Google’s December 2020 Core Update

On December 3rd, Google announced that they were rolling out the latest Core Update. For two months SEO-specialists have received quite a lot of useful information. We gathered what is already known from public sources. The global conclusion: there is no way to pretend that nothing has happened.

What are we talking about?

Every year Google shuffles its search results. The leaders get pessimized pretty quickly and the lucky ones take their places in the top 10. And now the balance of power has changed again.

The Google Core Update December 2020 is the classic «broad core update» that the search engine releases every few months. This is the third update for 2020. The first one was in January 2020 and the second one was in May 2020.

The announcement. Here is Google’s tweet announcing it, where Google said “later today, we are releasing a broad core algorithm update, as we do several times per year. It is called the December 2020 Core Update.”

So far, this is the biggest update since May 2020. And it’s not aimed at a specific region or country, it’s a general update for sites in the Google index that affects everyone. According to the Moz temperature meter, the update was almost as significant as the May update:

Gradient of updates 2018-2020 (table comparing the strength of fluctuations in algorithm updates (moz.com))

What’s changed in the search engine output

Spoiler alert: a lot of things. According to RankRanger, the ranking was given a good shakel. The chart below compares the December and May updates:

For the top 20 positions on Google, the fluctuations have doubled since the May 2020 Core Update.

According to the SEMrush sensor, the largest fluctuations in search results were noticed on December 4 and December 18:

The bad news: even stable sites were shaken up in the rankings. Half of the resources that responded to the update had traffic of a million or more.

Another problem was that Google rolled out the update in December — a consistently profitable month for companies. Analysts estimated that travel, retail and real estate lost the most.

Fluctuating rankings by niche (searchengineland.com)

Who’s luckier? If you look at the top pages that have benefited from the update, you can see that most of them are loans, rentals, home equity loans. These are so-called YMYL-resources (from the English «Your Money — Your Life») — sites from topics affecting the health, well-being, safety and financial stability of users.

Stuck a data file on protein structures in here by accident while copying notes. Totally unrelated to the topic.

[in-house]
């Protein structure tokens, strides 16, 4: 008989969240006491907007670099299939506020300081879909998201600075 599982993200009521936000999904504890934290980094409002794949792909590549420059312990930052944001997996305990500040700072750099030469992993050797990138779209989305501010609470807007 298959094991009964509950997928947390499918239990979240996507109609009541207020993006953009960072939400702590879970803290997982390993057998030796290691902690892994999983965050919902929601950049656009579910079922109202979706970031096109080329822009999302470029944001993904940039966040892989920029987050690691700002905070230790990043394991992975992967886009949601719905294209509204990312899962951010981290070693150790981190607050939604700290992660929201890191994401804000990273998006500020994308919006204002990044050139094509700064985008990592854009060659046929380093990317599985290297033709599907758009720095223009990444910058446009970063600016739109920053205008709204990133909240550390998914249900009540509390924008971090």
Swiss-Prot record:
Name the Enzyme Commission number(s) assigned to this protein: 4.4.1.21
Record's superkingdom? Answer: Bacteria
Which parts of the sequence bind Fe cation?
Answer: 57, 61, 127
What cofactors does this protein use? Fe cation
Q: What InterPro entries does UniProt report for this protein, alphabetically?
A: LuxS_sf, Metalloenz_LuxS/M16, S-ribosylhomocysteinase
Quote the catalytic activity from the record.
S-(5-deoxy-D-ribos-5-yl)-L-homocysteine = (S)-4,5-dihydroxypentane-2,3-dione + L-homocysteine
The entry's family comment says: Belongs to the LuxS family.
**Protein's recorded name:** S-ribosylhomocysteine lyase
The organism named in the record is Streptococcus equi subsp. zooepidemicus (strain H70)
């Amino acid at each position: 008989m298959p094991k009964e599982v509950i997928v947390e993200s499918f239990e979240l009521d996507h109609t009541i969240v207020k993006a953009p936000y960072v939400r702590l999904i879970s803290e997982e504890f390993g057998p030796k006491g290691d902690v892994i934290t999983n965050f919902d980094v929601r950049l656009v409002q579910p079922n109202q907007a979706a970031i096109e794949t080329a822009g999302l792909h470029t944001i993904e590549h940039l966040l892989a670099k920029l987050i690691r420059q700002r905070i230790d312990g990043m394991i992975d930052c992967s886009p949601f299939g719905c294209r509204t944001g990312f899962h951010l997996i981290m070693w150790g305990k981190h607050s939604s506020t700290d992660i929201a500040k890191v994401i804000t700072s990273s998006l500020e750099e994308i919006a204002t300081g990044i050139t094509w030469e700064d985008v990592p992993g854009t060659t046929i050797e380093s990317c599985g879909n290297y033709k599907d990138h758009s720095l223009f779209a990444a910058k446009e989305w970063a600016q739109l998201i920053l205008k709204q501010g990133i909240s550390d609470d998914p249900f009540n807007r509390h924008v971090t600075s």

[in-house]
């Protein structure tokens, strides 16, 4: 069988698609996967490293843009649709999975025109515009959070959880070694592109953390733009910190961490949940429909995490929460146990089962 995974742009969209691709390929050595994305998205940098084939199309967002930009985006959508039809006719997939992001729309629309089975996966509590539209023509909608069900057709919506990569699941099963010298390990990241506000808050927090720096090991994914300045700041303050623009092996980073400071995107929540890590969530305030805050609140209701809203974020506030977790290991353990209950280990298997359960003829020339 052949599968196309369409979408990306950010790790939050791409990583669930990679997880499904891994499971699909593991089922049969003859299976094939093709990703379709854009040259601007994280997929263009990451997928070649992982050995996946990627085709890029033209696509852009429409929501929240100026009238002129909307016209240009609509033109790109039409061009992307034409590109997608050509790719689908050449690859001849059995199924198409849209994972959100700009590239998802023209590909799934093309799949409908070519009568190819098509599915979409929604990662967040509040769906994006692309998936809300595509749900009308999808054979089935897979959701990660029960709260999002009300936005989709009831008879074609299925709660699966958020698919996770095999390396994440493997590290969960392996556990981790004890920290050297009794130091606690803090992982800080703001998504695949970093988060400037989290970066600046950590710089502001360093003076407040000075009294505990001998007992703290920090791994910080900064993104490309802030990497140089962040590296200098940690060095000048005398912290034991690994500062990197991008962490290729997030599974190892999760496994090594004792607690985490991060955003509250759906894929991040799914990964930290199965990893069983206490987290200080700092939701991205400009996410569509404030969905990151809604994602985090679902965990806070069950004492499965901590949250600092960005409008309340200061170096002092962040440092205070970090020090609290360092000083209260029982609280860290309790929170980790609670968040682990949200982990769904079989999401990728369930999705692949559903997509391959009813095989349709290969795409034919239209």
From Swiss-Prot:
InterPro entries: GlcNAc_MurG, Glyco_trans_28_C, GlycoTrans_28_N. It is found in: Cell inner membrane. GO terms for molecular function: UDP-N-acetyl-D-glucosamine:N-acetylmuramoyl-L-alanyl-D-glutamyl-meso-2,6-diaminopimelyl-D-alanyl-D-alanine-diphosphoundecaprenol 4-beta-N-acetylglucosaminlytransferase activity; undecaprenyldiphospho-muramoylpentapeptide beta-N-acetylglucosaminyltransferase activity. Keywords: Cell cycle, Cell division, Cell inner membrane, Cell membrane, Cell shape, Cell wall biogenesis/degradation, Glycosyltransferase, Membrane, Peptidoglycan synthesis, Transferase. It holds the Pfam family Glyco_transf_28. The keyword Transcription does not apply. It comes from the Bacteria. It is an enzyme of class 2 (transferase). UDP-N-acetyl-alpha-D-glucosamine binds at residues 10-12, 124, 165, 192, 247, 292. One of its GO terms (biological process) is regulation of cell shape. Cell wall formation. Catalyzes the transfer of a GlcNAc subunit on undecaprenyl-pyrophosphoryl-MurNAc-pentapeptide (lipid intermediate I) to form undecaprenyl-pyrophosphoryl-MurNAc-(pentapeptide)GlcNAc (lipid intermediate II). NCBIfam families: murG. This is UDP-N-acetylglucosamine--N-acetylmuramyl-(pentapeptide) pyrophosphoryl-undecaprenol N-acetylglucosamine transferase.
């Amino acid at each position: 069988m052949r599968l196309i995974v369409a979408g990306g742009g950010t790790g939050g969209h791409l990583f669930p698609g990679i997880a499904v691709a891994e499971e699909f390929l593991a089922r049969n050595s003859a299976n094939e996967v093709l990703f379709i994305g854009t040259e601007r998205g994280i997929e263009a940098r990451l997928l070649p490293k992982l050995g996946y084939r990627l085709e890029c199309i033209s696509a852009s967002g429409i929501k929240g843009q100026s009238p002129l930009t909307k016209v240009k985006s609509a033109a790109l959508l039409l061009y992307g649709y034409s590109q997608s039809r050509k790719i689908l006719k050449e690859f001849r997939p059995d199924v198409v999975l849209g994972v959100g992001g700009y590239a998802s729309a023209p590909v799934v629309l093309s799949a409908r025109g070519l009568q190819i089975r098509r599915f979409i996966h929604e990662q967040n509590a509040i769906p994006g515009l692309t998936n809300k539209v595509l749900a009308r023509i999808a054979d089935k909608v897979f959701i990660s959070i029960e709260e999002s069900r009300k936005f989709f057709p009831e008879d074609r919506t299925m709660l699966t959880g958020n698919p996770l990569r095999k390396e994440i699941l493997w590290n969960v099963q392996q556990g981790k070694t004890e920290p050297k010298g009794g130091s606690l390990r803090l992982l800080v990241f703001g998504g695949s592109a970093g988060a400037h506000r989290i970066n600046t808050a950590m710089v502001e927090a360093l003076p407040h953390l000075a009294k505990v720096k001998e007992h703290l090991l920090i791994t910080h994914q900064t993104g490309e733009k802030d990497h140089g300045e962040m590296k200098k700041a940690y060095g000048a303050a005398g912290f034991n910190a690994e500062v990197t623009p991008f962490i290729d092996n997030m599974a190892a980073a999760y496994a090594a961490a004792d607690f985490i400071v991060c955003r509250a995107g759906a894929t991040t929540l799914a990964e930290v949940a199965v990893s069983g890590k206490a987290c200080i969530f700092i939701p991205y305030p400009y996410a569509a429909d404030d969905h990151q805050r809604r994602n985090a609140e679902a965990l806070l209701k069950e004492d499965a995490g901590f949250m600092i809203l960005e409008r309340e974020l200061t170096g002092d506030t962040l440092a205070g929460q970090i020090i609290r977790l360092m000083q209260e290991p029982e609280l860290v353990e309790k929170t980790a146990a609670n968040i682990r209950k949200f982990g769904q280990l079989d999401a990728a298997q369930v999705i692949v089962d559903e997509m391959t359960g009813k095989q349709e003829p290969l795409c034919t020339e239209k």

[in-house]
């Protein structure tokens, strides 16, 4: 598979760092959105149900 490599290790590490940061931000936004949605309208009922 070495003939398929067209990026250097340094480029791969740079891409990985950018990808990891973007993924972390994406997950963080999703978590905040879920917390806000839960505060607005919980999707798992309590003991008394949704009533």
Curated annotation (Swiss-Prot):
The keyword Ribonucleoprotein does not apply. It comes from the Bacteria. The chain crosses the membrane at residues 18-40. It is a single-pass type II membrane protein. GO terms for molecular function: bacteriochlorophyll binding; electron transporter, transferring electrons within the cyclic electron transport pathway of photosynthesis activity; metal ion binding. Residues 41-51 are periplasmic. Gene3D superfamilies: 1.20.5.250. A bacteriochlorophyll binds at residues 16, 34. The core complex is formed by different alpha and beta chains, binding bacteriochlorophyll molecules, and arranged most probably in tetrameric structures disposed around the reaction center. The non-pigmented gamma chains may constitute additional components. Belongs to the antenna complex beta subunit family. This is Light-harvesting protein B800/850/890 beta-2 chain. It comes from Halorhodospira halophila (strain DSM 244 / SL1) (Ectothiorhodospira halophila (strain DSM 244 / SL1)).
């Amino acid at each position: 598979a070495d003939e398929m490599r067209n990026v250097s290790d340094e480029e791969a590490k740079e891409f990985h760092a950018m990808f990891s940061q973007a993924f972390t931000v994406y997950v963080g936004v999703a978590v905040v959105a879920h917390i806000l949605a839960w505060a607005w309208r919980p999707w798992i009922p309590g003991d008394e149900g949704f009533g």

According to moz.com, the pages that have gained the most traffic are from those industries:

  1. +126%https://www.cashnetusa.com/paydayloans.html
  2. +65%https://www.trulia.com/rent/
  3. +58%https://www.customink.com/products/t-shirts/4
  4. +53%https://turbotax.intuit.com/tax-tools/calculators/taxcaster/
  5. +41%https://www.whitepages.com/person
  6. +40%https://www.goodhousekeeping.com/home/gardening/advice/…
  7. +38%https://www.nerdwallet.com/mortgages/mortgage-rates
  8. +33%https://www.bankrate.com/calculators/mortgages/…
  9. +26%https://www.wellsfargo.com/mortgage/rates/
  10. +23%https://smartasset.com/mortgage/mortgage-calculator

Why the position changes after a Core Update

Changes in search algorithms can affect the position of any site on the Internet. The update was primarily aimed at increasing the impact of E-A-T factors. They are the criteria by which Google evaluates YMYL sites: expertise, authority and trust.

Core Update, as a good advisor, shows if there are critical errors in the resource. If it finds them, it will cut the traffic with a smile and without anesthesia. Well, if you have listened to all the recommendations of the Assessor’s manual, followed the criteria of E-A-T, everything will be fine.

There is a third option: you did everything right, but the positions and traffic have not changed. Then go through the search engine checklist.

Google suggests that those who have been fined focus on the quality of the content offered and read the tips that are published on the blog. This is not a guide to action, but questions that need to be answered honestly:

  1. Does the site offer original and valuable content?
  2. Do the headlines and descriptions match the content on the page?
  3. Are users willing to share their content with friends?
  4. Are there any errors on the site?
  5. Does the site display correctly on all devices?
  6. Does the site provide additional value compared to competitors?
  7. Does the content meet users’ needs and expectations?

And if the answer to any question is no — urgently fix the flaws.

And seriously: what to do if the Core Update is crushing the site

Wait until the tests are complete. Wait a few weeks before completely changing your SEO strategy. A drop in traffic may only be a brief blip before a long uptrend.

Bet on the quality of your content. The best thing to do in this situation is to post as relevant information as possible. Your ranking position depends on many ranking factors. The most important one is content. The higher quality it is, the better.

Keep an eye on UX. User experience (UX) is gradually becoming a key advantage. Make sure the page is neatly laid out and free of unnecessary elements.

How to go on living

Calm down, everything has already happened. You should not take radical actions, such as completely revise the content on the site or abandon your previous strategy. Make improvements, improve external and internal factors, and obtain quality links. There is no need to stop buying links. According to our data, the Google Core Update does not correlate in any way with the links bought from Sape.

Updates come regularly, but if you focus on users needs, help them find answers to their questions and create professional content — you won’t be afraid of even the most radical «experiments» by Google.

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